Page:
I had no idea what this range was, or whether it was even possible to estimate. This 30:1 ratio presumably is due to many factors: skill, equipment and location (e.g. being in a valley in the western half of the country or in Vermont). The operators who aren't seen in the opening must be operating under even more difficult circumstances. Not all of these variables are under control of the operator: you usually live near your job; some people can't afford the money/time for a big setup.

The best operators work hard to improve their success (e.g. in contest contests at the Dayton Hamvention where they listen to high noise QSO tapes to determine calls etc). While much of their success and the 30:1 advantage they have over the rest of us, is due to location, equipment and many dedicated hours of operating, one would hope that some of what they know can be transmitted to the rest of us by more conventional methods (e.g. books). A post-contest phone interview for each person that the ARRL sends a contest certificate, over 50 years would accumulate many stories and opinions, which with a bit of effort could be distilled into knowlege. The 111 people who submitted logs here could be interviewed/asked for their stories too. We should make sure that the ARRL doesn't get involved in this.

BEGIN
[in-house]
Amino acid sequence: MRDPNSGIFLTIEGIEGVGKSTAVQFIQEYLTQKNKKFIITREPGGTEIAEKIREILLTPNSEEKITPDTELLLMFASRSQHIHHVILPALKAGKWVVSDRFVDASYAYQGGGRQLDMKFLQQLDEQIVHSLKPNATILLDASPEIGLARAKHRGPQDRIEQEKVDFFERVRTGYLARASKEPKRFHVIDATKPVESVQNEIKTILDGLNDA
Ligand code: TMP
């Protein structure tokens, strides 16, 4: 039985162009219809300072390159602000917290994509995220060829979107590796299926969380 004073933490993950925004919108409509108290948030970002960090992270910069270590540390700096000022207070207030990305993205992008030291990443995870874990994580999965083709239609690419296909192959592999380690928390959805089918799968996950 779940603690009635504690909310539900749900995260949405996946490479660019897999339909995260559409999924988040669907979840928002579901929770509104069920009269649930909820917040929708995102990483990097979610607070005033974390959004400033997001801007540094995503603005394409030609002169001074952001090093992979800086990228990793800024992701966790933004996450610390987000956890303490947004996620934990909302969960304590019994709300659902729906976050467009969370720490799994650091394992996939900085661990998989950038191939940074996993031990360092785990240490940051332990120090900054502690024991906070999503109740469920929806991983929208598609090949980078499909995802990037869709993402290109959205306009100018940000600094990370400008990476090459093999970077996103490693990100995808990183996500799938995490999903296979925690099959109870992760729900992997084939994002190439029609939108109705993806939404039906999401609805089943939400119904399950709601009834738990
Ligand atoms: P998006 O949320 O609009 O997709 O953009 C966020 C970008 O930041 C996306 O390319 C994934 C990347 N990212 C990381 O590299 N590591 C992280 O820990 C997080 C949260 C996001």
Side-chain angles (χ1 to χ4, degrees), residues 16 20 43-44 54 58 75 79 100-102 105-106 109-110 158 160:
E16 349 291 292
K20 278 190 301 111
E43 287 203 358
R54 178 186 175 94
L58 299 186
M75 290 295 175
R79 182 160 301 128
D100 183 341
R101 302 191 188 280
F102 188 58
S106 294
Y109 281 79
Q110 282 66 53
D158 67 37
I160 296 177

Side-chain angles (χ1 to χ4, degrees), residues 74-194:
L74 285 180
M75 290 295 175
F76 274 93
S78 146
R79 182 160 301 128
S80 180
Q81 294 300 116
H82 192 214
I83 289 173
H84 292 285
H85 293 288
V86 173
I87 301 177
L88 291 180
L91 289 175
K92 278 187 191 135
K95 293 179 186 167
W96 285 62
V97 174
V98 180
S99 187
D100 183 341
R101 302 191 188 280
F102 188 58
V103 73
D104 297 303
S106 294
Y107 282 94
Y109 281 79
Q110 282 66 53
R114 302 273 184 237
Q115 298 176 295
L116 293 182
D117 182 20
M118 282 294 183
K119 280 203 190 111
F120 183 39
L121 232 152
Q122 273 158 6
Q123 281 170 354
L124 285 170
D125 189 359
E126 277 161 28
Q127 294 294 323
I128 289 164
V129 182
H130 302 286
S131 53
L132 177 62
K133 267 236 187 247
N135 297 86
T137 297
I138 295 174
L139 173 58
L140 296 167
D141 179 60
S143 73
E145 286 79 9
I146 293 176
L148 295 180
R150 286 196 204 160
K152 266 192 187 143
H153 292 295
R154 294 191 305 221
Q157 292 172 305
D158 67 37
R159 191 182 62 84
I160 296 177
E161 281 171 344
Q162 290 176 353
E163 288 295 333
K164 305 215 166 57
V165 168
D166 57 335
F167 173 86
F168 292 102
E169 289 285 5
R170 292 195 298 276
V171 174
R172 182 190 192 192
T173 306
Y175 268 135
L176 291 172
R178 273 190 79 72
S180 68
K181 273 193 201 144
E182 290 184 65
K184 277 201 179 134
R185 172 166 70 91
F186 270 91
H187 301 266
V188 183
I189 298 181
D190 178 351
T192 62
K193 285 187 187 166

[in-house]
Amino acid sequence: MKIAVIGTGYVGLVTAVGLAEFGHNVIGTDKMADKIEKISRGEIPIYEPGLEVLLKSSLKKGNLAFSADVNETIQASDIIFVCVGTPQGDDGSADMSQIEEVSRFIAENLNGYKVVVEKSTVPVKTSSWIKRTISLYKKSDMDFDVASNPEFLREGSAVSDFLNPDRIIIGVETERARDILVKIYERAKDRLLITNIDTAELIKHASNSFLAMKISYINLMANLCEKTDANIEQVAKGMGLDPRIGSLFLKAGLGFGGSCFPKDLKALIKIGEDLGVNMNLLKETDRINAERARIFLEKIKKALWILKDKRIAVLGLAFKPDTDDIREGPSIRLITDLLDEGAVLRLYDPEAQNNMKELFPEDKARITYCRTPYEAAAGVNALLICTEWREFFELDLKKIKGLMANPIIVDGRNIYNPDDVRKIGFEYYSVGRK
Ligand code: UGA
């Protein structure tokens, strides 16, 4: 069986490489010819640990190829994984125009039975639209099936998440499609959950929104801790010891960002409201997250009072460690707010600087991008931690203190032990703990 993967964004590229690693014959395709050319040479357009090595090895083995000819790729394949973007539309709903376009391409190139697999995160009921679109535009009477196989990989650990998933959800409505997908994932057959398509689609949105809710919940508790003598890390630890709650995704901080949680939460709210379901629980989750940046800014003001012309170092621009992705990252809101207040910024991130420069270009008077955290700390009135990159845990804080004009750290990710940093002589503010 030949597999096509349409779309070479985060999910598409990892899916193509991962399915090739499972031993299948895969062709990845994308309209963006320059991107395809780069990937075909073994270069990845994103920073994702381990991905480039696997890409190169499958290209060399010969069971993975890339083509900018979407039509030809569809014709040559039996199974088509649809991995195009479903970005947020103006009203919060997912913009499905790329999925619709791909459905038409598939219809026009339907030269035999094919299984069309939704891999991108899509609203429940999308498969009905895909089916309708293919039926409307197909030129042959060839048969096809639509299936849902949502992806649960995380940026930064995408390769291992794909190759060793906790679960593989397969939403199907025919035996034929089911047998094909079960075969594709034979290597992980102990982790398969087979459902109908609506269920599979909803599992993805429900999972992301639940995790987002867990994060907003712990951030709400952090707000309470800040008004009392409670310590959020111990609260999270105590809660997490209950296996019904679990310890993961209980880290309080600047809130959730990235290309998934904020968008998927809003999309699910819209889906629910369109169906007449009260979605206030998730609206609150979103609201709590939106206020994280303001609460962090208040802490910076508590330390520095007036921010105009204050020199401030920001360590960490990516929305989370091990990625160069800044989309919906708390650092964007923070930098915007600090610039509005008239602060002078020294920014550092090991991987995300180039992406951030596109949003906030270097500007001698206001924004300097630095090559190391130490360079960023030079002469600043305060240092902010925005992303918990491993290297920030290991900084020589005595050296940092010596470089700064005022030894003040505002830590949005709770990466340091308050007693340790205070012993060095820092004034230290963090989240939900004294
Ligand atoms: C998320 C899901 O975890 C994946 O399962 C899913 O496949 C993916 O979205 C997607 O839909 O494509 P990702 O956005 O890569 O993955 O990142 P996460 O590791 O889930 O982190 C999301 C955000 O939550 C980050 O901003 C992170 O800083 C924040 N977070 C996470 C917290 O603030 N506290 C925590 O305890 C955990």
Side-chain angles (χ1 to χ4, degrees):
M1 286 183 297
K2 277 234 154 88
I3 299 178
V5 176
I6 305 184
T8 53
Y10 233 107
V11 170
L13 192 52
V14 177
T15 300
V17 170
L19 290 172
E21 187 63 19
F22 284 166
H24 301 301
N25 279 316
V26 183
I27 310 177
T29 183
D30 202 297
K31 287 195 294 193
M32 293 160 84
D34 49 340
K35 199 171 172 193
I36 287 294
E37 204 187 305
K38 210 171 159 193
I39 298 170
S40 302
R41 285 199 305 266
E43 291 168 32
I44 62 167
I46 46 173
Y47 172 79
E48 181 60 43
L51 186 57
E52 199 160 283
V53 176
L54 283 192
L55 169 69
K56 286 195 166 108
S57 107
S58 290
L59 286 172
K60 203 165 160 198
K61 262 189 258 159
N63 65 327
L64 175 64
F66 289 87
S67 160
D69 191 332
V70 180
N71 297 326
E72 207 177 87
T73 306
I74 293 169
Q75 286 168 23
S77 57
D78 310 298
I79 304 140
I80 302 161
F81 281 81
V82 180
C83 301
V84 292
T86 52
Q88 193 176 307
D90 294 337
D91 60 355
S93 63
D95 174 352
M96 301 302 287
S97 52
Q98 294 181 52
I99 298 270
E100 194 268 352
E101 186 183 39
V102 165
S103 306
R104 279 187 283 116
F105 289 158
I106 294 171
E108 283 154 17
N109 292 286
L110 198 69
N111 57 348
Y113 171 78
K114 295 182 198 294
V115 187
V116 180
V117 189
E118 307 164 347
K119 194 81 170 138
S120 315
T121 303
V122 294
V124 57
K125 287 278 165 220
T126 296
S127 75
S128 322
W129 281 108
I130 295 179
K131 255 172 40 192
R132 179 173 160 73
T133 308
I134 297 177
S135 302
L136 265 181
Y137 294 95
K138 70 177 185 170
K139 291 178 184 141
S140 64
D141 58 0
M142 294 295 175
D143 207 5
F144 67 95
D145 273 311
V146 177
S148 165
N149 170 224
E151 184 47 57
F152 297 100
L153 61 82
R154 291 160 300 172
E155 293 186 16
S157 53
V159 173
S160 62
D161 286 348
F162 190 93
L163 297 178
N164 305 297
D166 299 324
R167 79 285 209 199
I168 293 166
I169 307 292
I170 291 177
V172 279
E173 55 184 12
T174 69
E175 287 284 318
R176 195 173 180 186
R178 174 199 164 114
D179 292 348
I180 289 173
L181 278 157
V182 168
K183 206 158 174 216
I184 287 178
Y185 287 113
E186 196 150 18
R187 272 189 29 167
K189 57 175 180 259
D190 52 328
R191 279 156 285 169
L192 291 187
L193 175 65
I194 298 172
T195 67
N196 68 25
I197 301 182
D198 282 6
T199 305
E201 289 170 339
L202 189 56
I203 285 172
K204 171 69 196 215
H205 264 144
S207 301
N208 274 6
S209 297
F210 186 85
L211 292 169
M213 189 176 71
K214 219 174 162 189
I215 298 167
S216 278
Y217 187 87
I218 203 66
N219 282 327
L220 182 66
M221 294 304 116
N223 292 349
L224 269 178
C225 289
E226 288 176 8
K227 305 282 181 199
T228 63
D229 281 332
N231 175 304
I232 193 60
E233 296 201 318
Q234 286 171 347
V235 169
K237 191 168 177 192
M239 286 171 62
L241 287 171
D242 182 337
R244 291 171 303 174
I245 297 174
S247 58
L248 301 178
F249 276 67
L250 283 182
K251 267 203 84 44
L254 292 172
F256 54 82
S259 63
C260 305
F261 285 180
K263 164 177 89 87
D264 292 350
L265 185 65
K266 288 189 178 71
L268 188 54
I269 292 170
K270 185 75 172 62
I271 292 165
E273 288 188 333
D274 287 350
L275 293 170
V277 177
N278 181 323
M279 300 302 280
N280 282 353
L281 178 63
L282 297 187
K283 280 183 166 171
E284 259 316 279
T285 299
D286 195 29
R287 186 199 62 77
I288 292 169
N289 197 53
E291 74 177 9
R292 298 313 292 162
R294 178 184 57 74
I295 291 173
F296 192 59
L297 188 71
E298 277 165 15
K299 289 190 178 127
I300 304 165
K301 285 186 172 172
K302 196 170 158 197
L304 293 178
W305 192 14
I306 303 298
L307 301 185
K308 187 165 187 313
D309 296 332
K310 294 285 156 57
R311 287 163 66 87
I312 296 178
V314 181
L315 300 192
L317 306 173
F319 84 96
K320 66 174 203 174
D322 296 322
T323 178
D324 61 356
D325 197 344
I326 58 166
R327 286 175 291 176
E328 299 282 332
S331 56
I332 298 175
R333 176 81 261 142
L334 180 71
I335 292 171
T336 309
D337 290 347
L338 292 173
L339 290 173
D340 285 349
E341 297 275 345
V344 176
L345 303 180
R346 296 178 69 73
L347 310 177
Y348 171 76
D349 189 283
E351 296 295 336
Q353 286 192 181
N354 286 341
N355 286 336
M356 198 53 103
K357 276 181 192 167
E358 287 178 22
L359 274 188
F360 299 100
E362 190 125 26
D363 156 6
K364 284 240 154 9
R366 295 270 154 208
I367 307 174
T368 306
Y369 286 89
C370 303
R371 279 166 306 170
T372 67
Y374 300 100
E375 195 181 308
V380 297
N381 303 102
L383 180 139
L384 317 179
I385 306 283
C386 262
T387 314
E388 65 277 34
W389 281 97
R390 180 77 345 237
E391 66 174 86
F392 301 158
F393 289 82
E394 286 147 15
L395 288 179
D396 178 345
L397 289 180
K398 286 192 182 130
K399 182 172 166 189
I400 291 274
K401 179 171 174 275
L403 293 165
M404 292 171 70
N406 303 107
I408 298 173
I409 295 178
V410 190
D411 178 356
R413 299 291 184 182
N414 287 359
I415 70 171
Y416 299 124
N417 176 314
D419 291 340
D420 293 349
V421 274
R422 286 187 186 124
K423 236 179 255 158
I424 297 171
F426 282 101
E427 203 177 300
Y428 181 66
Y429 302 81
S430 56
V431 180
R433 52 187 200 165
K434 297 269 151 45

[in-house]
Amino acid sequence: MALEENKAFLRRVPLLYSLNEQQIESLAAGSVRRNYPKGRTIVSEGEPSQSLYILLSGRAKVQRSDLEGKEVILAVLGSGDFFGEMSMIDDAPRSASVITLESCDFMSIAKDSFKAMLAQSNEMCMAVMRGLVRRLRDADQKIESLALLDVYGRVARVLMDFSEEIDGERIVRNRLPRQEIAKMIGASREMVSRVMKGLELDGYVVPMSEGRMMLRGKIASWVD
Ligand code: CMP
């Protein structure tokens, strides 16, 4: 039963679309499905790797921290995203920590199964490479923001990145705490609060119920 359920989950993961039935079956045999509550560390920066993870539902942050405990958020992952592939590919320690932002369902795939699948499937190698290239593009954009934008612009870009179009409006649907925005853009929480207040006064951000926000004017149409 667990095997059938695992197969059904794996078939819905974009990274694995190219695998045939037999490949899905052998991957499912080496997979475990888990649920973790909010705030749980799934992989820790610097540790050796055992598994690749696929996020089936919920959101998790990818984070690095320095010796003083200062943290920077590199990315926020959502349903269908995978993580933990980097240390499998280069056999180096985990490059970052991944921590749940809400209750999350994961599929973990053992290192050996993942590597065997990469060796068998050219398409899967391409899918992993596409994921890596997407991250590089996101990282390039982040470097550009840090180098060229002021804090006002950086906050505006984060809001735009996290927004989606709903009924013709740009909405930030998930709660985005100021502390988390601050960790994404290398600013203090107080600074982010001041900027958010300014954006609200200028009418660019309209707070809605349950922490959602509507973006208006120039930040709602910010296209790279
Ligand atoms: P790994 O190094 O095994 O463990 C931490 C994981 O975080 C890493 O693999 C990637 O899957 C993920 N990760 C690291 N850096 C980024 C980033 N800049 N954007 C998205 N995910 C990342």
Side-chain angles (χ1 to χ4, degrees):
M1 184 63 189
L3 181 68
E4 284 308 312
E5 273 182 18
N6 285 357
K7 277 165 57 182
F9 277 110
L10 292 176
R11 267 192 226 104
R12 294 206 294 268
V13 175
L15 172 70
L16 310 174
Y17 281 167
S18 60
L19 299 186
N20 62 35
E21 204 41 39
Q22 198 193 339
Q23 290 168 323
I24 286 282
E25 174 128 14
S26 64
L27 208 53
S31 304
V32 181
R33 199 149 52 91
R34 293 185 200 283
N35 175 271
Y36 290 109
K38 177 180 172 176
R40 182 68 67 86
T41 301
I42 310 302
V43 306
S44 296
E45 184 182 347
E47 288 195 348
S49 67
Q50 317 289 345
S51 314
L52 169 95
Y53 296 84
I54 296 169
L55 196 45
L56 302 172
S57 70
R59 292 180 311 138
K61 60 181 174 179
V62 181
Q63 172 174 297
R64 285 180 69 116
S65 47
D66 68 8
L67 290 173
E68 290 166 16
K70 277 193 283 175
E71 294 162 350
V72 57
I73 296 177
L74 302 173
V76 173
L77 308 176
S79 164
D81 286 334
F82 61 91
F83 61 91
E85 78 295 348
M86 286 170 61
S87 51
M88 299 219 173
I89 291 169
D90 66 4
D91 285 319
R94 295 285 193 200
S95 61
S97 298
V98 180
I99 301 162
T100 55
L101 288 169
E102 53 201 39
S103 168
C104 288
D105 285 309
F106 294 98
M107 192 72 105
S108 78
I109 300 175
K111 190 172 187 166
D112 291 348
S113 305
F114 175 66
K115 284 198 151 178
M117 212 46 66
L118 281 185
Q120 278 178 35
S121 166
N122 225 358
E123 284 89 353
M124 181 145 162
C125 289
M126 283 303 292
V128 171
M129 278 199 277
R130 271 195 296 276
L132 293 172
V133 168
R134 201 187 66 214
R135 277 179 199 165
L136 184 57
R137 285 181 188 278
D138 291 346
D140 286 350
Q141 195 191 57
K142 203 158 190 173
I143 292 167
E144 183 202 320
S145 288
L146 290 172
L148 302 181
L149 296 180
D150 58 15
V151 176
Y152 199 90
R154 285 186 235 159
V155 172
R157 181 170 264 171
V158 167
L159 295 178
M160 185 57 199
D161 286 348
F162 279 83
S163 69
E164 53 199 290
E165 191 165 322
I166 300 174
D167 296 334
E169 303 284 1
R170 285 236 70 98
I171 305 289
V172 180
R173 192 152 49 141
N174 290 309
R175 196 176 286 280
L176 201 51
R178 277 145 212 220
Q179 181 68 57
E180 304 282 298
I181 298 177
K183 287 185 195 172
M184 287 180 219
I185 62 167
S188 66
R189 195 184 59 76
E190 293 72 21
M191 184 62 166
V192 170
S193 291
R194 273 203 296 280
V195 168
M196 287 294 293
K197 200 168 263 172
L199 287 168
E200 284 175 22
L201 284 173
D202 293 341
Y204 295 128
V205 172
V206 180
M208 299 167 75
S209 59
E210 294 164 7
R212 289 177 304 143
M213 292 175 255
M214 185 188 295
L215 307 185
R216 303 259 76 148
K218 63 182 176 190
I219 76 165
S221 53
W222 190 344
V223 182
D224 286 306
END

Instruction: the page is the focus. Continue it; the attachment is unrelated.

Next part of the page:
Contest organisers can take this 30:1 ratio into consideration when devising the scoring method(s), handicapping for location and having separate categories for QRP. Operating skills can be improved by encouraging CW operation and letting people know how to operate on AU.

220MHz: We're fortunate to have it.